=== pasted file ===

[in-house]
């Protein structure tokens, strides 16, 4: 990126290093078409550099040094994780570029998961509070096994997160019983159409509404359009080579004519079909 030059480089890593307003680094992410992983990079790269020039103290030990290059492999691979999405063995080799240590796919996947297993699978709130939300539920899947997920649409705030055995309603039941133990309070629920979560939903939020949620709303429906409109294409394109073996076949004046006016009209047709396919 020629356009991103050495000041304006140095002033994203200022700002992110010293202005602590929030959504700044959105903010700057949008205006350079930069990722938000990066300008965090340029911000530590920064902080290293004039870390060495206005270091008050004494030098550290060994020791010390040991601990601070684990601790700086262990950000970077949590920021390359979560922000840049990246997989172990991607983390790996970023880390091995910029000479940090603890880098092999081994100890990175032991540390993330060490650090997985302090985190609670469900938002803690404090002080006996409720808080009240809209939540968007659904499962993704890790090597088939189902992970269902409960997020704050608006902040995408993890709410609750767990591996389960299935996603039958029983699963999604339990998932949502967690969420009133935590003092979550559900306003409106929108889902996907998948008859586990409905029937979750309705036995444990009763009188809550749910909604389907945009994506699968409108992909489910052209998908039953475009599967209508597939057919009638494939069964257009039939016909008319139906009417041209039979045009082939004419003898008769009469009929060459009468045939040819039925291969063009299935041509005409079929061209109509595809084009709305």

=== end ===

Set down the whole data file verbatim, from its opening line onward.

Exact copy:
[in-house]
């Protein structure tokens, strides 16, 4: 990126290093078409550099040094994780570029998961509070096994997160019983159409509404359009080579004519079909 030059480089890593307003680094992410992983990079790269020039103290030990290059492999691979999405063995080799240590796919996947297993699978709130939300539920899947997920649409705030055995309603039941133990309070629920979560939903939020949620709303429906409109294409394109073996076949004046006016009209047709396919 020629356009991103050495000041304006140095002033994203200022700002992110010293202005602590929030959504700044959105903010700057949008205006350079930069990722938000990066300008965090340029911000530590920064902080290293004039870390060495206005270091008050004494030098550290060994020791010390040991601990601070684990601790700086262990950000970077949590920021390359979560922000840049990246997989172990991607983390790996970023880390091995910029000479940090603890880098092999081994100890990175032991540390993330060490650090997985302090985190609670469900938002803690404090002080006996409720808080009240809209939540968007659904499962993704890790090597088939189902992970269902409960997020704050608006902040995408993890709410609750767990591996389960299935996603039958029983699963999604339990998932949502967690969420009133935590003092979550559900306003409106929108889902996907998948008859586990409905029937979750309705036995444990009763009188809550749910909604389907945009994506699968409108992909489910052209998908039953475009599967209508597939057919009638494939069964257009039939016909008319139906009417041209039979045009082939004419003898008769009469009929060459009468045939040819039925291969063009299935041509005409079929061209109509595809084009709305």